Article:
Work-demand analysis on embedded real-time scheduling has been investigated by previous studies [3, 57, 11]. Pillai and Shin [7] proposed a cycle-conserving rate-monotonic (ccRM) scheduling scheme that contains offline and online algorithms. The offline algorithm computes the WCET of each task and derives the maximum speed needed to meet all tasks deadlines. It recomputes the utilization by comparing the actual time for completed tasks with WCET schedule. In other words, when a task completes early, they have to compare the used actual processor cycles to a precomputed worst-case execution time schedule. This WCET schedule is also called canonical schedule [1] whose length could be the least common multiplier of task periods. ccRM is a conservative method, as it only considers possible slack time before the next task arrival (NTA) of a current job. Gruian proposed a DVS method for offline task stretching and online slack distribution [3]. The offline part of this method consists of two separate techniques. One focuses on the intratask stochastic voltage scheduling that employs a task-execution length probability function. The second technique computes stretching factors by using a response time analysis. It is similar to Pillar and Shin’s offline technique, but instead of adopting a stretching factor for all tasks before NTA, Gruian assigns a different stretching factor to the individual task within the longest task period. Kim et al. [6] proposed a greedy online algorithm called the low-power work-demand analysis (lpWDA) that derives slack from low-priority tasks, as opposed to the method in [3, 7] that gains slack time from high-priority tasks. This algorithm also balances the gap in voltage levels between high-priority and low-priority tasks. Its analysis interval limited by the longest of task periods is longer than NTA. Thus, lpWDA gains more energy saving than the previous rate-monotonic (RM) DVS schemes applying NTA. Many slack time analysis methods considered additional assumptions [4, 11, 12]. Kim et al. proposed a preemption-aware DVS algorithm based on lpWDA, which is composed of accelerated-completion (lpWDA-AC) and delayed-preemption (lpWDA-DP) techniques to decrease the preemption times of DVS schedules [11]. lpWDA-AC attempts to avoid preemption by adjusting voltage/clock speed, such that it is higher than the lowest possible values computed using lpWDA. lpWDA-DP postpones preemption points by delaying an activated high-priority task as late as possible while guaranteeing a feasible task schedule. Both techniques reduce energy consumption more than the initial ccRM and lpWDA techniques on the assumption of context-switching overhead. Mochocki et al. in [12] also proposed a transition-aware DVS algorithm for decreasing the number of voltage/speed adjustments, called the low-power limited-demand analysis with transition overhead (lpLDAT) scheme, which accounts for both time and energy transition overhead. Its algorithm computes an efficient speed level based on average-case workload; notably, this speed can be used as a limiter. If the limiter is higher than the speed predicted by lpWDA, lpLDAT knows that lpWDA is being too aggressive and applies the limiter to the present schedule. On the assumption of transition overhead, this technique with slack time analysis also saves considerable energy when compared with that by the previous methods. He and Jia [4] developed a fixed-priority scheduling with threshold (FPPT) scheme that eliminates unnecessary context switches, thereby saving energy. FPPT assigns each task a pair of predefined priority and corresponding preemption threshold. He et al. applied a novel algorithm to compute a static slowdown factors by formulating the problem as a linear optimization problem. In addition, they considered energy consumption of a task set under different preemption threshold assignments.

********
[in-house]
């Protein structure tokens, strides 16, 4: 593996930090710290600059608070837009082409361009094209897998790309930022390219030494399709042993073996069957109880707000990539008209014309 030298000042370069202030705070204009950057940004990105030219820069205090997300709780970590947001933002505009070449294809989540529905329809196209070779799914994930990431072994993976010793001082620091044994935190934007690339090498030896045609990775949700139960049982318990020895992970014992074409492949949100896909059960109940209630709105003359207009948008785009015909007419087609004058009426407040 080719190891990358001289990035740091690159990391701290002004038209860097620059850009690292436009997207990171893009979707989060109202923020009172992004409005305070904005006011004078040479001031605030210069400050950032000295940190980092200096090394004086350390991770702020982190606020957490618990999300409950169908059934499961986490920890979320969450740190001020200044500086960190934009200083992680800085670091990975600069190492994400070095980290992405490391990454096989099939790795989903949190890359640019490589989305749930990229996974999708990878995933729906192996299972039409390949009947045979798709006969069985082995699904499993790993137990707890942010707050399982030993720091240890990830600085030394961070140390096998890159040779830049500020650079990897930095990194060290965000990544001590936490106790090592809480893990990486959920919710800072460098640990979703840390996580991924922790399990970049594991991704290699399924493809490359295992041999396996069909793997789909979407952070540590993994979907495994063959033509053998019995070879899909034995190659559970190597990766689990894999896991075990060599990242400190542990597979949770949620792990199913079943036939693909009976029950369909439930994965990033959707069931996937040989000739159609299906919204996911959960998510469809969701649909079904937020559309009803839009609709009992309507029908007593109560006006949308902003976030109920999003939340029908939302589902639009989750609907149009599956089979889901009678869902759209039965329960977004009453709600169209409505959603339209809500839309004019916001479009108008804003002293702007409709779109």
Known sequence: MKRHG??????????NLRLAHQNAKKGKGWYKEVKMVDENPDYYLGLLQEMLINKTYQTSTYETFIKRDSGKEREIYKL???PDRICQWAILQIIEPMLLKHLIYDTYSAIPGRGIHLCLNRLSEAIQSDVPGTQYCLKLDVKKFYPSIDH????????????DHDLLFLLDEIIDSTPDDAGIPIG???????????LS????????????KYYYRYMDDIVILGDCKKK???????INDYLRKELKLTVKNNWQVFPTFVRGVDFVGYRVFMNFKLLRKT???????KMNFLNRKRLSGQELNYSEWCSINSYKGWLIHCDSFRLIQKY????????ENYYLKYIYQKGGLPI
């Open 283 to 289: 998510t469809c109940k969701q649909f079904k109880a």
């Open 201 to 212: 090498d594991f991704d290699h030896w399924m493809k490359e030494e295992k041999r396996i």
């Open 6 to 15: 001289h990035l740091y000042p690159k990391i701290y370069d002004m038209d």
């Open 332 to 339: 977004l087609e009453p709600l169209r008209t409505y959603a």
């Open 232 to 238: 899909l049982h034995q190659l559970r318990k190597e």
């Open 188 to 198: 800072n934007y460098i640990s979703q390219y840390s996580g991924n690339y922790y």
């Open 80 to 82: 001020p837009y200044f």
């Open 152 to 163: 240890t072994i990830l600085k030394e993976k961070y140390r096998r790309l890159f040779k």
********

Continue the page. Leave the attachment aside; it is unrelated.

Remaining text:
Recently, experimental results obtained by Kim et al. [6] indicated that recent DVS algorithms for fixed-priority real-time tasks are less efficient than that of dynamic-priority tasks, leading to more improvements for a better DVS method. The main reason for energy inefficiency of RM DVS scheduling is that, in RM schedules, priority-based slack-stealing methods do not work as efficiently as they do in earliest-deadline first (EDF) scheduling [6]. In the EDF schedules, high-priority tasks play an efficient slack distributor of tasks because their slack can be utilized fully by tasks starting before NTA. Therefore, the energy saving achieved by EDF scheduling algorithms, such as that by the ccEDF [7], DRA, and AGR [1] is close to the theoretical lower bound [13].

2. Motivations